A criminal investigation has been launched against a French doctor over the poisoning of 17 people in France, reports BBC News. Frédéric Péchier, an anaesthetist, has already been investigated for seven other cases of poisoning, in total leading to nine deaths. Prosecutors allege he deliberately tampered with his colleagues’ anaesthesia pouches to create an emergency and show off his talents.
Péchier has been accused of giving patients lethal injections to trigger heart attacks in order to pose as a hero for bringing them back to life. Péchier denies all allegations, and faces a life sentence if found guilty.
Sometimes he failed and seven people died as a result, prosecutors claim.
His lawyer, Jean-Yves Le Borgne, is quoted in the report as saying that the investigation proved nothing. “There is a possibility that Dr Pechier committed those poisonings but this hypothesis is nothing but a hypothesis,” said Borgne. “The presumption of innocence must be stressed.”
An examining judge in the eastern city of Besançon placed Péchier, 47, under investigation in May 2017 for the first seven poisonings. The doctor was later released but barred from practising medicine.
Prosecutor Etienne Manteaux said in the report that Péchier had been “the common denominator” in each instance, and had been in open conflict with colleagues. “He was most often found close to the operating theatre” when the cases occurred, said Manteaux, and had made quick diagnosis on which action to take, “even when nothing allowed anyone to suspect an overdose of potassium or local anaesthesia”.
Manteaux said investigators had looked into more than 66 “serious undesirable events”, namely suspicious cardiac arrests during low-risk operations. But he admitted there was only circumstantial evidence against Péchier. The latest accusations are from these cases, involving patients aged four to 80.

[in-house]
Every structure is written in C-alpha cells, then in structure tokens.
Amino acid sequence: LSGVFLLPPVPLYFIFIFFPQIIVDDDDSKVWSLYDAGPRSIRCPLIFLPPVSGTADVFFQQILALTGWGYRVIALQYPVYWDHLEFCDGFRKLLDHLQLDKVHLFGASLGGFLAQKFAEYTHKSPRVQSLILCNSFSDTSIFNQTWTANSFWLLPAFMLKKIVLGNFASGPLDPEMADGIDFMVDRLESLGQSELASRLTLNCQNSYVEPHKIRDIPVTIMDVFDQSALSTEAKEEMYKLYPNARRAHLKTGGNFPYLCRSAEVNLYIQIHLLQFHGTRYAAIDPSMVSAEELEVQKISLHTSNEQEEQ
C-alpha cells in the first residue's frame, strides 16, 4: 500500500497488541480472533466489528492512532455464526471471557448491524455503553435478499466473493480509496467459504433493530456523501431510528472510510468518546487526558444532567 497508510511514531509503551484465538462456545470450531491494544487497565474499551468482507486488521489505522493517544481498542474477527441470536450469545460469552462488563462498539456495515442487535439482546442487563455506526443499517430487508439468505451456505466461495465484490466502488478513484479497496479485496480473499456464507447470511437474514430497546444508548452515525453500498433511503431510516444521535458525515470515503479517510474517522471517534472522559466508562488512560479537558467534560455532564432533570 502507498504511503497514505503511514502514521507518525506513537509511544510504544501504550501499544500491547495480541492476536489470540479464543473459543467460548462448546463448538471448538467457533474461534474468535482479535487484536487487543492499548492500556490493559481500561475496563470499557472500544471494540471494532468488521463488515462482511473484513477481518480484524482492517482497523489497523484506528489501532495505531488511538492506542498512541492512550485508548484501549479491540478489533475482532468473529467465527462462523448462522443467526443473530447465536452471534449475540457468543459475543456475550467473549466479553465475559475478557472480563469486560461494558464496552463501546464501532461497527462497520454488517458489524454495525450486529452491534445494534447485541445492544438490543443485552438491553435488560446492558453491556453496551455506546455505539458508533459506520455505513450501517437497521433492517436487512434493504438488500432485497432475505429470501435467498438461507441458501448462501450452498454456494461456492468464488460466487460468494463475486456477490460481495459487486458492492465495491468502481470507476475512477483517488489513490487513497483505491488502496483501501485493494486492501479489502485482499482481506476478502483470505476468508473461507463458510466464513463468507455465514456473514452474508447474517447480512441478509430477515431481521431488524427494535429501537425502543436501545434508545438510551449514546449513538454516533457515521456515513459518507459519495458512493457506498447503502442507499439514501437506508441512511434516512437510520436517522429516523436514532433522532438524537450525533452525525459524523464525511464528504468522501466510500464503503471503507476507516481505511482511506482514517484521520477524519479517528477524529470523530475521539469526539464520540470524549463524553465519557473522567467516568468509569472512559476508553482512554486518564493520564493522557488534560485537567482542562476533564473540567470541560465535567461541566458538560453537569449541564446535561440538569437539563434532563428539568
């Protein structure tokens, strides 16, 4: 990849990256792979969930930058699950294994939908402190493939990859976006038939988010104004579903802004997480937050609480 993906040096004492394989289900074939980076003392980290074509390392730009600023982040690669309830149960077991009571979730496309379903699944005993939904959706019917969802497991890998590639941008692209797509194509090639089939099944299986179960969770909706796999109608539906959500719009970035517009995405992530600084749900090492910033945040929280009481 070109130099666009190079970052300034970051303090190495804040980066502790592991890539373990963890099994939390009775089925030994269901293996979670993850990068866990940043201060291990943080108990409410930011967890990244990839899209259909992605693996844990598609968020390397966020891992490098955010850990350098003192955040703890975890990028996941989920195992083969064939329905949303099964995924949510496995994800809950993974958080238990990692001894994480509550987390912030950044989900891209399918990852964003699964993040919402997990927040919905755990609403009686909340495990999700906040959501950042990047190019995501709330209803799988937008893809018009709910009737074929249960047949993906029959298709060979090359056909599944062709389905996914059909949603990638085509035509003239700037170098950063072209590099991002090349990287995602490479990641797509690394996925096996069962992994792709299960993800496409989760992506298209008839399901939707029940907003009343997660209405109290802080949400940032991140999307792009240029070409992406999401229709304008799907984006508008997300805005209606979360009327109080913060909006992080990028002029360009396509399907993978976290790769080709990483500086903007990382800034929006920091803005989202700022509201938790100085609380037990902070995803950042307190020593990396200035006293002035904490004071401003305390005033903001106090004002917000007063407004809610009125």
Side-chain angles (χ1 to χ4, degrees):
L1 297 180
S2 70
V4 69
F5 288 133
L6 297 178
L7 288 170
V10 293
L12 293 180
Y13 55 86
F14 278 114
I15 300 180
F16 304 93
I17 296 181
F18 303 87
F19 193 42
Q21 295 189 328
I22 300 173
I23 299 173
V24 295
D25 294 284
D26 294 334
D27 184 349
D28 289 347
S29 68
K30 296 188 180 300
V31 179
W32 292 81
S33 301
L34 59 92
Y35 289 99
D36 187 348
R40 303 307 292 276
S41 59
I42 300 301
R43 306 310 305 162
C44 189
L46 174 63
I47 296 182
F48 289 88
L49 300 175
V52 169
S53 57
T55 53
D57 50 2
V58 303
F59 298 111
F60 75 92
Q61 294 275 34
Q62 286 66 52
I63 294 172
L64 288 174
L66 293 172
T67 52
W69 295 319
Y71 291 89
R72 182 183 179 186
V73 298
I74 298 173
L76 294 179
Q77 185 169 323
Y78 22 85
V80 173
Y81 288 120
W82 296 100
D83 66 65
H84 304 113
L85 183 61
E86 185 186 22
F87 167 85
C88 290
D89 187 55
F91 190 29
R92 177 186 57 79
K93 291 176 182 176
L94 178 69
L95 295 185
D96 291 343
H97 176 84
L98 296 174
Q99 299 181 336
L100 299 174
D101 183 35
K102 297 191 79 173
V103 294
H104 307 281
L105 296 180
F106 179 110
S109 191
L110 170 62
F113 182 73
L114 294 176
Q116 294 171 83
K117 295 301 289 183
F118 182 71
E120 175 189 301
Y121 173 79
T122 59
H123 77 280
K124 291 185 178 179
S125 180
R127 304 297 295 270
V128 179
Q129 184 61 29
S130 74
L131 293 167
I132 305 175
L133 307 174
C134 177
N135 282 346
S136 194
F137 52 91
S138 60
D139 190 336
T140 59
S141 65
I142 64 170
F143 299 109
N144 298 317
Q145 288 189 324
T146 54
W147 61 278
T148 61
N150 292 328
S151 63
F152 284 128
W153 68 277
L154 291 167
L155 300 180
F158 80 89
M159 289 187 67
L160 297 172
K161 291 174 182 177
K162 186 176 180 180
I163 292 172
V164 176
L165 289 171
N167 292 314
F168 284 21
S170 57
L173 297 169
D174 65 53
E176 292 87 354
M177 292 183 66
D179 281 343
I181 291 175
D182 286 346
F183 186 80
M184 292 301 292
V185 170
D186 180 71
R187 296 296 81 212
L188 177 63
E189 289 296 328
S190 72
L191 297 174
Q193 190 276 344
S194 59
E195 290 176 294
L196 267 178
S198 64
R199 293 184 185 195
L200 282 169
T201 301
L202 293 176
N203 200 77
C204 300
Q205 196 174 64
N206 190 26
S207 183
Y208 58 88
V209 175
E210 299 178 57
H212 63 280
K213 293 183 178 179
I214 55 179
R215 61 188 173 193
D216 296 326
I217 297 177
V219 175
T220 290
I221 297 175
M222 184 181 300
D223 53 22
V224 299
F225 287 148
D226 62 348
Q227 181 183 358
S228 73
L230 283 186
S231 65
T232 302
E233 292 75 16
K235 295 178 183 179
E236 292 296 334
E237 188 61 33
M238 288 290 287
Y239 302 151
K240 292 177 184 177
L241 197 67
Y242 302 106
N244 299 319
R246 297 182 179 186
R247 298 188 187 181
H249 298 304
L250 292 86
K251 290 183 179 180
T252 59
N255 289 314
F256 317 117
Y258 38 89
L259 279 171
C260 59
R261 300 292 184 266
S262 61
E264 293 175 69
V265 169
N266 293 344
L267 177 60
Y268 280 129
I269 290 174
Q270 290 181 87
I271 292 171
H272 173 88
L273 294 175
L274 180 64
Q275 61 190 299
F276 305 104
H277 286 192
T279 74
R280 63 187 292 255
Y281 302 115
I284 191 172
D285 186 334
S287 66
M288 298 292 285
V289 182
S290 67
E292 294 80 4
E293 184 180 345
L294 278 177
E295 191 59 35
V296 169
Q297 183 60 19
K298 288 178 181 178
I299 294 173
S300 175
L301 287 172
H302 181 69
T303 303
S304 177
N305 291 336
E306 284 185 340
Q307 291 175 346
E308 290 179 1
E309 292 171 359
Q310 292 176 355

French health authorities consider a “serious undesirable event” one that was “unexpected given the state of health and pathology of the patient” and has serious consequences, including death.
A four-year-old, a boy named only as Teddy, suffered a cardiac arrest twice during an operation to remove his tonsils in February 2016. He was resuscitated by Péchier.
“The charges rest on a series of concordant elements,” Manteaux said. He added that Péchier was “omnipresent” in handling the resuscitation of patients after heart failures and the doctor’s colleagues found he was suspiciously fast in diagnosing anaesthetic overdoses, the prosecutor said.
The incidents were more numerous during periods of “intense conflict” between Péchier and his colleagues, Manteaux said.
Péchier has denied the claims, and his lawyers have accused police of tampering with statements he gave during initial questioning. “Whatever the outcome of all this, my career is over,” he is quoted in the report as saying. “You cannot trust a doctor who, at one point, has been labelled a poisoner… My family is broken and I am afraid for my children.”BBC News report